Today we honor not only our brave troops who serve our country at all times, but those who have lost their lives defending what we stand for.
Regardless of our feeling about the current war in Iraq, this day is to honor those from all wars who have performed their duties and lost their lives doing so. I'm proud of every single one of them, and mourn the fact that so many have died doing their jobs.
My Dad was in World War II, and while he didn't see actual combat (he was part of an engineering squadron), he witnessed many bombings during his flights. Somewhere I have pictures that he took of bombs being dropped in France and Belgium. It always seemed to be so distant to see those pictures; surreal, maybe even unreal.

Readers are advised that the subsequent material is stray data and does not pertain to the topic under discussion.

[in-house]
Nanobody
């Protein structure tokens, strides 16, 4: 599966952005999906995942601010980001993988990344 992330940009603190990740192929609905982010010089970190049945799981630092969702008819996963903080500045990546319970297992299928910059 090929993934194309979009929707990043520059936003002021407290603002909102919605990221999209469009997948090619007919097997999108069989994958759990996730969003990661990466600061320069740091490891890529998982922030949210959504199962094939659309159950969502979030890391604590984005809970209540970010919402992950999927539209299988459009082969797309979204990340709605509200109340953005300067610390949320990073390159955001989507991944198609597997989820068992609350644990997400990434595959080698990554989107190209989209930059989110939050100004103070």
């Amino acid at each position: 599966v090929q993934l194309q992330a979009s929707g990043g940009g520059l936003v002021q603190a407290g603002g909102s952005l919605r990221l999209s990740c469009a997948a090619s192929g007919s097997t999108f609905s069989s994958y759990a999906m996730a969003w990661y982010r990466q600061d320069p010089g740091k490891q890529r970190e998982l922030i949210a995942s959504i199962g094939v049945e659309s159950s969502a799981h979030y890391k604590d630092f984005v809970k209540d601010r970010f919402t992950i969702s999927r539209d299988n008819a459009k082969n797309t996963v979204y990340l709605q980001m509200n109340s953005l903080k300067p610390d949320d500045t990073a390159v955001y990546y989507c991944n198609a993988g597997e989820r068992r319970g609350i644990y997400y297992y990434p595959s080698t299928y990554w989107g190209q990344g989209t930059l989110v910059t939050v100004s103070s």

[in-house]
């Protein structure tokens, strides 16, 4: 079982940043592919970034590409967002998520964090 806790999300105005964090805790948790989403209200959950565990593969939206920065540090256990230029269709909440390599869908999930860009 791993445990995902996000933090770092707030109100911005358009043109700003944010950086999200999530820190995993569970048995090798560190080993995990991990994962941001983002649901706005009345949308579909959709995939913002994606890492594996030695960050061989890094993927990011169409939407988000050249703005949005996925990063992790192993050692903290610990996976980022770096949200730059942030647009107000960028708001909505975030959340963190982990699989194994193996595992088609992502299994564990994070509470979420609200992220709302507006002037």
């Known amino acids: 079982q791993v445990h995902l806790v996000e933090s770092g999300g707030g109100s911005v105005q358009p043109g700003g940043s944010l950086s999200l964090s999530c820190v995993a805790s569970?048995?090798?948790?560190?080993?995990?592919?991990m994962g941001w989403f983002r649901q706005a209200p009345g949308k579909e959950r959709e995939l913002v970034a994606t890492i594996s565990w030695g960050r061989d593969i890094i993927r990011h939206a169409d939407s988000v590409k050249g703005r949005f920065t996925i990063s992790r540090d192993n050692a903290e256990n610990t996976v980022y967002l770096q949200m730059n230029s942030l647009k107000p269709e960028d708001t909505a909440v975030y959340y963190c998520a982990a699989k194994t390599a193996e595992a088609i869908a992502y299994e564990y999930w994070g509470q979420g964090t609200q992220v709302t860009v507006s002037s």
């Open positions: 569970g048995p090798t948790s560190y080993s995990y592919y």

As a veteran, he had a military funeral when he died in October 2005, with a flag-draped coffin, a lone soldier playing Taps, and the flag folded and presented to my brothers and me. It was touching seeing these soldiers taking this task so seriously, spending time to celebrate a war veteran's life, and how graciously and respectfully they folded the flag and presented it to us. Surprisingly, we were all solemn but fairly unemotional as the trumpeter played Taps ... but watching them respectfully fold our flag, and the words they spoke to us when they presented it to us - that's when my brothers and I started crying. It truly seemed to be an honor to them to do this for a fellow soldier.
I can't imagine having to witness such a funeral for someone who dies in combat, usually at a young age and leaving a young family behind. But they have all died doing what they believed in, and I'm thankful for that in the very least.
And in my video-mode of late, an appropriate video of Ray Charles' "America the Beautiful" - which, in my modest opinion, should be our national anthem. "God done shed His grace on thee".
Bless them all.